The Battle of Benfleet

The National perspective

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In 892 Alfred and the Saxons faced a triple threat from the Danes. Firstly a fleet of 250 ships landed on the southern coast of Kent. Then a fleet of 80 ships landed on the northern coast of Kent. The third threat were the Danes already occupying half the country under the Danelaw agreement.

Alfred managed  to keep the two armies apart, while inflicting a series of minor defeats on the “Great Army”. This was followed by an overwhelming defeat of the invaders at the Battle of Farnham, by a mounted division of the Fyrd led by Alfred’s eldest son, Edward.

The remnants of the Danish host were trapped on an island on the Colne near Torney, but managed to escape when the Saxon Fyrd went home before their replacements arrived!

According to R.H. Hodgkin in his two volume work – A History of the Anglo-Saxons:

“They made  their way to Haesten’s new work at Benfleet – a fort on a low spit of land by the Thames, with earthworks still traceable a thousand years later. On their arrival they found that Haesten and his men had gone out to plunder, leaving their women and children in the fort.

This was the moment which Edward and Ethelred of Mercia chose to retrieve the recent failure on the Colne. They determined to attack the Army which had escaped from the Colne island, as it lay behind the works of the Benfleet fort. Their attack was the boldest stroke which had been attempted since Alfred, at about Edward’s age, had led his troops against the camp at Reading.  Since that repulse Saxons had at times beleaguered but had never tried to storm an encampment of the heathen. Strong detachments of the fyrd were now collected at London under Alfred’s son and son-in-law. These, with the trained garrison of the Burgh, marched out to Benfleet, and put the army to flight and stormed the fort  and took all that there was within, as well as goods as women and children, and brought all to London. And all the ships either broke in pieces or burnt or brought to London or Rochester. And Haesten’s wife and two sons  were brought to the king, and he restored them to him, because the one of them was his godson, the other the ealdorman Ethelred’s.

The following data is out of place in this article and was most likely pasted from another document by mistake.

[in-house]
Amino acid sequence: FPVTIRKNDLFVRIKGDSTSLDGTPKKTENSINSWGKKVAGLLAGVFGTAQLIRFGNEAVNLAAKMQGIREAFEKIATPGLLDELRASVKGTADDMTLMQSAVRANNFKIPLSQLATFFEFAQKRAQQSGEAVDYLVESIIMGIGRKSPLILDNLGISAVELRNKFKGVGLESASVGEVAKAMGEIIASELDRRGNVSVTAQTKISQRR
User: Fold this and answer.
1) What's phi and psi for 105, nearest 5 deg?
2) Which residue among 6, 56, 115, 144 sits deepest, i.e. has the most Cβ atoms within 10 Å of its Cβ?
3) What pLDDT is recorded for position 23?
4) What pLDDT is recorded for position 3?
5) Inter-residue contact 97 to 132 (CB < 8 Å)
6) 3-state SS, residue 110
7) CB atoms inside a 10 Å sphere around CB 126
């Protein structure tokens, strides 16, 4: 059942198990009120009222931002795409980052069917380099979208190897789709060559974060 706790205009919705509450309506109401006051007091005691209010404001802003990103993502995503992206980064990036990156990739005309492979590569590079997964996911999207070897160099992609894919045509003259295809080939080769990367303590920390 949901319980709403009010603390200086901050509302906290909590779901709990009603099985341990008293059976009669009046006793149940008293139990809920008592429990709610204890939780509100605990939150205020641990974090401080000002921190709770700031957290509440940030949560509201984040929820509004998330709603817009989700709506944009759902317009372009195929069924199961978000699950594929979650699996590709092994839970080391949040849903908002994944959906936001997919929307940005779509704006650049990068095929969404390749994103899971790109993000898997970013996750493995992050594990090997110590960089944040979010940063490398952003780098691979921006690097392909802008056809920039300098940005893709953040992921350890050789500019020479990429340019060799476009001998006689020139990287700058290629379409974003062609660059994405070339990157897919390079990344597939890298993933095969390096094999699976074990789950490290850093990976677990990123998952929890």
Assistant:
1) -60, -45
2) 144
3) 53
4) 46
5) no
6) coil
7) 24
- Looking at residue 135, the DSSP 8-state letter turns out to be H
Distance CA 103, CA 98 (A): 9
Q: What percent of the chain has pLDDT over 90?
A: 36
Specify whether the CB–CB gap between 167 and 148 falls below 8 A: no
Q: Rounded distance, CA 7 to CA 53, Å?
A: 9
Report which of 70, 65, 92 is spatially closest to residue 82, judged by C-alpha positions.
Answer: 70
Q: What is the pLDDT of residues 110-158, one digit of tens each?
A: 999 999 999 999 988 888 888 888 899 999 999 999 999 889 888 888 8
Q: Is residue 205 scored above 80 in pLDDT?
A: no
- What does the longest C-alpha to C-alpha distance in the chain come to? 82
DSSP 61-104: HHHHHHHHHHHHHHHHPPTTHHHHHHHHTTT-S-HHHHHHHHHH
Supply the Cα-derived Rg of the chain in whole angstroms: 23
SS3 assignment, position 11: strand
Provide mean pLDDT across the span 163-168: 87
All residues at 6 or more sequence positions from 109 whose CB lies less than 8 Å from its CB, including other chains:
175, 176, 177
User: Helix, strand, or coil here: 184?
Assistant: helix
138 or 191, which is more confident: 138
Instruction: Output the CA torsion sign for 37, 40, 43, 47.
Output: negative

This success, then without precedent in England since the first coming of the Danes, marks the end of the third phase of the war. In the weeks that had elapsed since the Appledore army had marched from the Weald to transport its plunder to the Danelaw, it had twice suffered signal defeat.  True, the remnant of the force was still at large; It was still in touch with Haesten, and Haesten himself was still unbeaten. But the worst danger was past. The English troops had shown that they could still hold their own against the Danes. They had shown that they could even drive the Danes from their entrenchments; and that their success  was no longer dependent on the presence of Alfred himself.  Edward and Ethelred had demonstrated their generalship and power of cooperation – the characteristics which, after Alfred’s death, were to achieve the re-conquest of the whole Danelaw.”

This account  comes from volume 2 of Hodgkin’s work and in particular a chapter entitled “Alfred’s last war” It is reproduced on this site by permission of Oxford University Press.

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